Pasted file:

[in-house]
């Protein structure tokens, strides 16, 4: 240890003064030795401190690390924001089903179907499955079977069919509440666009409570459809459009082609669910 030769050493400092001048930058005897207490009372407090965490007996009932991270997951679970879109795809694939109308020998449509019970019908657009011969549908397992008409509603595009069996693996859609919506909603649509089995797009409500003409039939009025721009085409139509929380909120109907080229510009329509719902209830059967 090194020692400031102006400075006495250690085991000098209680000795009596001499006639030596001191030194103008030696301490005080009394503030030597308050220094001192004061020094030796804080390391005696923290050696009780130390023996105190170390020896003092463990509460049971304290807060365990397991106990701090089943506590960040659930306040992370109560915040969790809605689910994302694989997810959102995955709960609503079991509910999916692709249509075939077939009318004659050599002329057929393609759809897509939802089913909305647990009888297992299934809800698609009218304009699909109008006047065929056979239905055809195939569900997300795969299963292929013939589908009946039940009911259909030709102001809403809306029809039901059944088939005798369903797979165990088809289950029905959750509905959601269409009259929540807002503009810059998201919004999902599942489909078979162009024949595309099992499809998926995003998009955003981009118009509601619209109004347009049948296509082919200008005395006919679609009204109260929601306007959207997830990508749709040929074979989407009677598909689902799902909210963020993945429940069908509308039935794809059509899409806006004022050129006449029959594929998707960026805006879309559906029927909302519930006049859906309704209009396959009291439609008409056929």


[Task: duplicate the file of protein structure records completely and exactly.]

[in-house]
């Protein structure tokens, strides 16, 4: 240890003064030795401190690390924001089903179907499955079977069919509440666009409570459809459009082609669910 030769050493400092001048930058005897207490009372407090965490007996009932991270997951679970879109795809694939109308020998449509019970019908657009011969549908397992008409509603595009069996693996859609919506909603649509089995797009409500003409039939009025721009085409139509929380909120109907080229510009329509719902209830059967 090194020692400031102006400075006495250690085991000098209680000795009596001499006639030596001191030194103008030696301490005080009394503030030597308050220094001192004061020094030796804080390391005696923290050696009780130390023996105190170390020896003092463990509460049971304290807060365990397991106990701090089943506590960040659930306040992370109560915040969790809605689910994302694989997810959102995955709960609503079991509910999916692709249509075939077939009318004659050599002329057929393609759809897509939802089913909305647990009888297992299934809800698609009218304009699909109008006047065929056979239905055809195939569900997300795969299963292929013939589908009946039940009911259909030709102001809403809306029809039901059944088939005798369903797979165990088809289950029905959750509905959601269409009259929540807002503009810059998201919004999902599942489909078979162009024949595309099992499809998926995003998009955003981009118009509601619209109004347009049948296509082919200008005395006919679609009204109260929601306007959207997830990508749709040929074979989407009677598909689902799902909210963020993945429940069908509308039935794809059509899409806006004022050129006449029959594929998707960026805006879309559906029927909302519930006049859906309704209009396959009291439609008409056929």